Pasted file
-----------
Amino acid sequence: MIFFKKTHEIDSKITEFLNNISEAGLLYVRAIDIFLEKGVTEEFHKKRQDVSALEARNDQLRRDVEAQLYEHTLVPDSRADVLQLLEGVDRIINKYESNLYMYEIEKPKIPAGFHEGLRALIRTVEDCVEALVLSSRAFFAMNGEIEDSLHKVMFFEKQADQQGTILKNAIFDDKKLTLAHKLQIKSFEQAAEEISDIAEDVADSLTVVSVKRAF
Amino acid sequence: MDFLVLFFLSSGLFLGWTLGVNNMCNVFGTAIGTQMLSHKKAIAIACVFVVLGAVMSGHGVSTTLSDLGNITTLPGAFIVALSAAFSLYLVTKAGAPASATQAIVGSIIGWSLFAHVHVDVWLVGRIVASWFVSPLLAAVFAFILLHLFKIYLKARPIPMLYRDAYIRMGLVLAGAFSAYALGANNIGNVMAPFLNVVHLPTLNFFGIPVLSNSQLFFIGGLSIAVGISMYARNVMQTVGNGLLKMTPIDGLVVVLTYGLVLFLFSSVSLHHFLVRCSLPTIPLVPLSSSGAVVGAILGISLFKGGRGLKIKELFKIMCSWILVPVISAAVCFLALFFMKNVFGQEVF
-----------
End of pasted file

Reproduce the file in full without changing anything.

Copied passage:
Amino acid sequence: MIFFKKTHEIDSKITEFLNNISEAGLLYVRAIDIFLEKGVTEEFHKKRQDVSALEARNDQLRRDVEAQLYEHTLVPDSRADVLQLLEGVDRIINKYESNLYMYEIEKPKIPAGFHEGLRALIRTVEDCVEALVLSSRAFFAMNGEIEDSLHKVMFFEKQADQQGTILKNAIFDDKKLTLAHKLQIKSFEQAAEEISDIAEDVADSLTVVSVKRAF
Amino acid sequence: MDFLVLFFLSSGLFLGWTLGVNNMCNVFGTAIGTQMLSHKKAIAIACVFVVLGAVMSGHGVSTTLSDLGNITTLPGAFIVALSAAFSLYLVTKAGAPASATQAIVGSIIGWSLFAHVHVDVWLVGRIVASWFVSPLLAAVFAFILLHLFKIYLKARPIPMLYRDAYIRMGLVLAGAFSAYALGANNIGNVMAPFLNVVHLPTLNFFGIPVLSNSQLFFIGGLSIAVGISMYARNVMQTVGNGLLKMTPIDGLVVVLTYGLVLFLFSSVSLHHFLVRCSLPTIPLVPLSSSGAVVGAILGISLFKGGRGLKIKELFKIMCSWILVPVISAAVCFLALFFMKNVFGQEVF